The cultural differences are many and in Sydney a lot of riders seem to take pride in dressing in outfits that seemingly don't match or are old and worn. There's clearly a street cred thing going on here that speaks volumes of the Australian psyche regarding people who are seen to try too hard. There's no Italian sense of the ride being an occasion. The difference is what it is, as they say.
I managed to get 30k's under the belt this morning even though I didn't start until 0615.
By 0715 Sydney is buzzing and public transport buses are into their peak hour time table. The bus drivers were pretty good this morning and gave me a wide birth as I rode up Clovelly Road towards Centennial Park. The biggest hazard is the various mum buses (4WD's packed full of kids off to school) that seemed to be highly single minded in their task. The State of New South Wales is introducing a new law that says if you're talking on the speaker on your phone and it's not in one of those suction craddles etc. then it's considered an offense and you get to pay a 300 dollar fine. I really wonder how many people will actually get a ticket for this? Hopefully it acts as some kind of deterrent.
Just for fun check out these bike wheels with special LED lights. I'm not sure I'd put them on my road bike in Sydney, but if I was in Tokyo riding a "fixie" traveling up from Maranouchi via the Ginza to Roppongi I might give it a shot:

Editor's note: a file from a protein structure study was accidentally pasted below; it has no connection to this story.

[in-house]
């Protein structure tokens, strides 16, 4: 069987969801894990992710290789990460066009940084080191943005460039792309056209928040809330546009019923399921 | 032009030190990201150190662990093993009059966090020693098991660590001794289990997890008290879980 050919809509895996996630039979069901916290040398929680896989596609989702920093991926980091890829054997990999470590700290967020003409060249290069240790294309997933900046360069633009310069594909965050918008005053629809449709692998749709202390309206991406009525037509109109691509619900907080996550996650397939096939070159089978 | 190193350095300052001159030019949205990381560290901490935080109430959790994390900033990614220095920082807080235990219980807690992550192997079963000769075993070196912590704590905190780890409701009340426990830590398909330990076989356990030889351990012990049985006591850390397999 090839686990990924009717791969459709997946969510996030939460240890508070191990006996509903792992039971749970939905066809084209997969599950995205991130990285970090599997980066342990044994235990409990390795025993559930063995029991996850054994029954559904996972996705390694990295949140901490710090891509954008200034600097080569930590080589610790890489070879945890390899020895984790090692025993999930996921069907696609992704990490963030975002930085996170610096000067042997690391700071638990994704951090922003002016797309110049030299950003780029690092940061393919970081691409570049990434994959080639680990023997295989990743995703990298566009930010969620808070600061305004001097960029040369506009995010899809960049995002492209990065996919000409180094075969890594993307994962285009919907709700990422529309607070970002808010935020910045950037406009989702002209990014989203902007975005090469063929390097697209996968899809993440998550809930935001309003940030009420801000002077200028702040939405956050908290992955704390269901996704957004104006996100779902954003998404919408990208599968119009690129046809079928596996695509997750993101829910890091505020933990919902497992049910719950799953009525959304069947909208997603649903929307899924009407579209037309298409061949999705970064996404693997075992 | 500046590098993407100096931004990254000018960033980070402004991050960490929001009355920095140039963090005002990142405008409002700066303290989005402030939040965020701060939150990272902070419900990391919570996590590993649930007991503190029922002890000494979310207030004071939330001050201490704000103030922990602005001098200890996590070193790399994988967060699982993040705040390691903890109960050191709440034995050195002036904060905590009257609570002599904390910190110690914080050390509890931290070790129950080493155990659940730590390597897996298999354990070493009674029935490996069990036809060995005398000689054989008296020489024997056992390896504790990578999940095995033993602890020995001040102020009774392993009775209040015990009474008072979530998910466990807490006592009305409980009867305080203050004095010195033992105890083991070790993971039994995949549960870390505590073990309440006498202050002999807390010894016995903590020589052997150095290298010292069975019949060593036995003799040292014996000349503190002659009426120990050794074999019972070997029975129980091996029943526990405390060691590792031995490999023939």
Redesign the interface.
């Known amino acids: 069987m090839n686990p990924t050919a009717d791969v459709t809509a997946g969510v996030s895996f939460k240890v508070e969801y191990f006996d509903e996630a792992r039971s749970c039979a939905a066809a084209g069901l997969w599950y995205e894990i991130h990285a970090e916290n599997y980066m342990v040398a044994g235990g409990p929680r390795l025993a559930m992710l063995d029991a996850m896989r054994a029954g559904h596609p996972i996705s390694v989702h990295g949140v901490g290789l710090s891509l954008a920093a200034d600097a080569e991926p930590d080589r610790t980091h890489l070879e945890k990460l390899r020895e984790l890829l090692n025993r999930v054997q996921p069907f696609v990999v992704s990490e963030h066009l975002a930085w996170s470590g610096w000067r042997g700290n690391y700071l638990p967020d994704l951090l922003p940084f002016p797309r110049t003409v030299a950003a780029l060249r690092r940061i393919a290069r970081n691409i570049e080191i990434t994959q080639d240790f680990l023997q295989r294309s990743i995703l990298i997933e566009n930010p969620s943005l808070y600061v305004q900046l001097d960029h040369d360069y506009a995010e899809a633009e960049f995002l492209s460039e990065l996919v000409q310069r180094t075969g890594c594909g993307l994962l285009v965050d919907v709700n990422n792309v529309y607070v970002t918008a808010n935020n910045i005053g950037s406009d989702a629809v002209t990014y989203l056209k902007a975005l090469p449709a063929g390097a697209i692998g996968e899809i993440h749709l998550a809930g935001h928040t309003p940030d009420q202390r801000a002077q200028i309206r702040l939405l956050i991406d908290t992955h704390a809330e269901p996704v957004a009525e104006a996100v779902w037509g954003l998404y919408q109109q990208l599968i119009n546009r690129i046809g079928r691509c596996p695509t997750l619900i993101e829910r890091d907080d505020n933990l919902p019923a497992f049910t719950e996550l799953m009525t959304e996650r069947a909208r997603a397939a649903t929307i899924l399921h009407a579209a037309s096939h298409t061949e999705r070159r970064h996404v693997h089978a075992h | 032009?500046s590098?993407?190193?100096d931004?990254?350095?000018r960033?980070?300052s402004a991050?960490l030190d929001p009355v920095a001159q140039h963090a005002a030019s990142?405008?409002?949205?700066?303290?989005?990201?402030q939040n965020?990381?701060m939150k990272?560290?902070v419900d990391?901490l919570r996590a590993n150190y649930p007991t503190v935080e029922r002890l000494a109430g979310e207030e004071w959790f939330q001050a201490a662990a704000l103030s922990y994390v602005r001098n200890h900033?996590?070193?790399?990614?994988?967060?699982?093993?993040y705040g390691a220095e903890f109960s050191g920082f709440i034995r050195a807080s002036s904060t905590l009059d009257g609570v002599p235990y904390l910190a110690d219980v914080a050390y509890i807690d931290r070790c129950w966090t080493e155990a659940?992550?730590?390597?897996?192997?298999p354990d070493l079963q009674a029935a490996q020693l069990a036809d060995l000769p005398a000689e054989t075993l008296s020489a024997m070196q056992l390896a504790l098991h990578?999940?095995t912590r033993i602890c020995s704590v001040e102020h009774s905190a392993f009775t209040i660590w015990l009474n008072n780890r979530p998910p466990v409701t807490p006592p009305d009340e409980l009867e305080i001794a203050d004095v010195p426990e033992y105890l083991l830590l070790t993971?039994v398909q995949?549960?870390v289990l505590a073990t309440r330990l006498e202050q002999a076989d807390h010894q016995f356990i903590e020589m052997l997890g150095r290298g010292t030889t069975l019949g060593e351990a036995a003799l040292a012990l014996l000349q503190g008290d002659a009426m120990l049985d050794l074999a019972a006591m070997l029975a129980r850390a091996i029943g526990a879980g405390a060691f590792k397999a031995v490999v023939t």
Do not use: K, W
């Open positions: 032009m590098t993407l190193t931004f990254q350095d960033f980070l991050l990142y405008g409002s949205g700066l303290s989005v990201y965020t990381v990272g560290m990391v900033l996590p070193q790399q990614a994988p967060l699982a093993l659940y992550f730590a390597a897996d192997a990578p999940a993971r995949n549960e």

The big storm has seen everything battened down along the coast of the US north east. From what I understand the hurricane has been downgraded to a tropical storm.The S&P is trading just below 1400 and the market seems pretty calm. News is light on the ground. As usual in misery there will be money made. This type of events are always a help to Warren Buffet as his insurance arm inevitably raises rates on the back of others misery. The smiling grand father from Omaha Nebraska will as usual side step any controversy and lift a few dollars extra from everyone's pockets after taking some upfront hits on payouts.
The FT carried an interesting piece today on a luxury second hand good stores boom in China. This is a phenomenen that sprung up years ago in Paris and New York as ladies tired of certain articles of clothing and accessories they found willing buyers to relieve them of their seldom used goods. Even in Geneva, a bling-infested city when it came to leather goods there were a number of places in the old town where you could buy or sell your no longer wanted Birkin Bag etc. It's probably more a sign of maturity in the Chinese luxury goods market than one of economic weakness. The traveling Chinese public sees these shops in the west and realises that there is no stigma attached to buying or selling in this manner. I think luxury goods companies should be warned that in my view this signals a clear slowing in the exponential growth we've seen out of the Chinese and attached eastern economies in recent years.
|Have fun with exponential growth rates . . .|
It doesn't mean any one is going broke, but it does mean a dollar invested in the space might not be worth 4, 6, 8 dollars etc. by the end of the year. Be warned.